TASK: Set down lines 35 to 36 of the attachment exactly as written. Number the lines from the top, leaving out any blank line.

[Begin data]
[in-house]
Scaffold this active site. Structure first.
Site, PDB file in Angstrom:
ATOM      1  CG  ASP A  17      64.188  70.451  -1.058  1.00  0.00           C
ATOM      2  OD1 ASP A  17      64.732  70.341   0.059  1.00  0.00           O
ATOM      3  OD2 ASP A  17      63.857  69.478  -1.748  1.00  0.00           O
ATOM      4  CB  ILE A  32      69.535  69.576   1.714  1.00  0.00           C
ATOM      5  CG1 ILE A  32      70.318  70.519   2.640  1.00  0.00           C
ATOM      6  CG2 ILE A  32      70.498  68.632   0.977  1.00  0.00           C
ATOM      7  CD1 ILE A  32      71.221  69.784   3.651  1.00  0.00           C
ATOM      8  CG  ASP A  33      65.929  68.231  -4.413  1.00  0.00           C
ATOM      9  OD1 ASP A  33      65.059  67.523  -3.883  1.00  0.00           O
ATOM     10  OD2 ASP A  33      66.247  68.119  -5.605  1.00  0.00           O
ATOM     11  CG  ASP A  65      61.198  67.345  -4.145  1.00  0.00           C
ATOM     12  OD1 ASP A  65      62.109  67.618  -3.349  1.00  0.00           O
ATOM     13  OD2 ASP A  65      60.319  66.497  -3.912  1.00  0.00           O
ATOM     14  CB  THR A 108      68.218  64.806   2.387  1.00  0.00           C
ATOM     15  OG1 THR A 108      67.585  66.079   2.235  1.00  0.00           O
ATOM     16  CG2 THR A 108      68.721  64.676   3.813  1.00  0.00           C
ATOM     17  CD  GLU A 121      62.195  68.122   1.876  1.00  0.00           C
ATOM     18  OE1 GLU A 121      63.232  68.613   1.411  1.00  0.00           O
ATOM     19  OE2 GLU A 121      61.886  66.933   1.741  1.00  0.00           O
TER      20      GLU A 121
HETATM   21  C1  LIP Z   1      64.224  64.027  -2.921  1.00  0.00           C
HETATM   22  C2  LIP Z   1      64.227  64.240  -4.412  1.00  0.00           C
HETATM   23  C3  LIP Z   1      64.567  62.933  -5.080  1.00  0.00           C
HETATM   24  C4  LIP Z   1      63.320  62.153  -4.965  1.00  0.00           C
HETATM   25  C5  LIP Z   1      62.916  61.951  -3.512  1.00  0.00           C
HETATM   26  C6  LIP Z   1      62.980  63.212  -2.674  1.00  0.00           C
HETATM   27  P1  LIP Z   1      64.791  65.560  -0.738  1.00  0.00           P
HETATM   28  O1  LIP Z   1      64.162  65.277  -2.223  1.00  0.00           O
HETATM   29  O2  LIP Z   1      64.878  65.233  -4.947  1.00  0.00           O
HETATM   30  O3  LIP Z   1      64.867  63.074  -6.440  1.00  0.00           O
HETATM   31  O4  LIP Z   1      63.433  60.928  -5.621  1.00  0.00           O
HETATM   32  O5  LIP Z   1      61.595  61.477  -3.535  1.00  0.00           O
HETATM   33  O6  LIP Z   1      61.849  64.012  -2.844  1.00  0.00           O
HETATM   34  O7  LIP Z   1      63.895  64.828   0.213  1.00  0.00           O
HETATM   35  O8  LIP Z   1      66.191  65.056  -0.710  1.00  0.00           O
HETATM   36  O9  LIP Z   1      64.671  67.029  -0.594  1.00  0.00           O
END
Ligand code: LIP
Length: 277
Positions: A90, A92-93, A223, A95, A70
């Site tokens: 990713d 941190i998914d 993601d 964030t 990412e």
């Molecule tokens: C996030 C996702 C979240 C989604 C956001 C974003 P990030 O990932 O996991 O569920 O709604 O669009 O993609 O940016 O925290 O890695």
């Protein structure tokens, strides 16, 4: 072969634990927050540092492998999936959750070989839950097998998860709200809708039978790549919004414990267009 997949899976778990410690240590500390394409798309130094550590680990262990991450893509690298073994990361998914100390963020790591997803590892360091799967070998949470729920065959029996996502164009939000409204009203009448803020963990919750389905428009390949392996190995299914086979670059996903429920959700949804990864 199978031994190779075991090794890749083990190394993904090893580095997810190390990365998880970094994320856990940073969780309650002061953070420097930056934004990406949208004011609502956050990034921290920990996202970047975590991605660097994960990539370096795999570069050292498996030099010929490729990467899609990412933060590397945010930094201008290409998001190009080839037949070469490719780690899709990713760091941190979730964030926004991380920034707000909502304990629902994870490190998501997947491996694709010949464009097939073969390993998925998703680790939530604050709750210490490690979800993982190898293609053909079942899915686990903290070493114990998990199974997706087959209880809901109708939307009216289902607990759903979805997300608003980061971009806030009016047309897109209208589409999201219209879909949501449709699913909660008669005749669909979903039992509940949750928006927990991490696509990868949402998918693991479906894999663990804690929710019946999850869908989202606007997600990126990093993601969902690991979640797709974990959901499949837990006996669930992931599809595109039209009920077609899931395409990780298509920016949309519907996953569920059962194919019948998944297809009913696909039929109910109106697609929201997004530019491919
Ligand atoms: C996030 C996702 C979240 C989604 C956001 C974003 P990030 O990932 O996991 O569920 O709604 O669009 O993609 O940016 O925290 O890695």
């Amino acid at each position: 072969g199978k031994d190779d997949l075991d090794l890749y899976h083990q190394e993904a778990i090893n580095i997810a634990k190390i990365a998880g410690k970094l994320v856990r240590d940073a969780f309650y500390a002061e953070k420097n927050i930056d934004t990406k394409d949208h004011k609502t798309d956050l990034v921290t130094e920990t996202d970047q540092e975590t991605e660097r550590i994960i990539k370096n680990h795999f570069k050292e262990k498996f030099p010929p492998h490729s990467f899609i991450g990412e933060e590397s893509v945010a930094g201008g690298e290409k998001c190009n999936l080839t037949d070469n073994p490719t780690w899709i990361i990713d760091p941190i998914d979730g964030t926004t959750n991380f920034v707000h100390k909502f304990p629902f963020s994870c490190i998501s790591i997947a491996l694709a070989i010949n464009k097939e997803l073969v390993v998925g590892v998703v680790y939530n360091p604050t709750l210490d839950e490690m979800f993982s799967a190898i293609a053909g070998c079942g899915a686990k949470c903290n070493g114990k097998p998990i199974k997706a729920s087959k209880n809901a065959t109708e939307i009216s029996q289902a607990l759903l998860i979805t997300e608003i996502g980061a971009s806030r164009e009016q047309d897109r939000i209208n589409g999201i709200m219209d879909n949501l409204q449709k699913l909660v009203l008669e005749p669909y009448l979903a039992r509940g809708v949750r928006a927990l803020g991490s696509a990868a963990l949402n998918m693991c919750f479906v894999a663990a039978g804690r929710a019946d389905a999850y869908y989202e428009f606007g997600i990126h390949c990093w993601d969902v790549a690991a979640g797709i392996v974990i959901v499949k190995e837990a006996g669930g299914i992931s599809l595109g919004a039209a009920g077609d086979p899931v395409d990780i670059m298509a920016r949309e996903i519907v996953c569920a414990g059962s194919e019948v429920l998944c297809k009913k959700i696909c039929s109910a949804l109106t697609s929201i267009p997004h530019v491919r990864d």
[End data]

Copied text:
HETATM   32  O5  LIP Z   1      61.595  61.477  -3.535  1.00  0.00           O
HETATM   33  O6  LIP Z   1      61.849  64.012  -2.844  1.00  0.00           O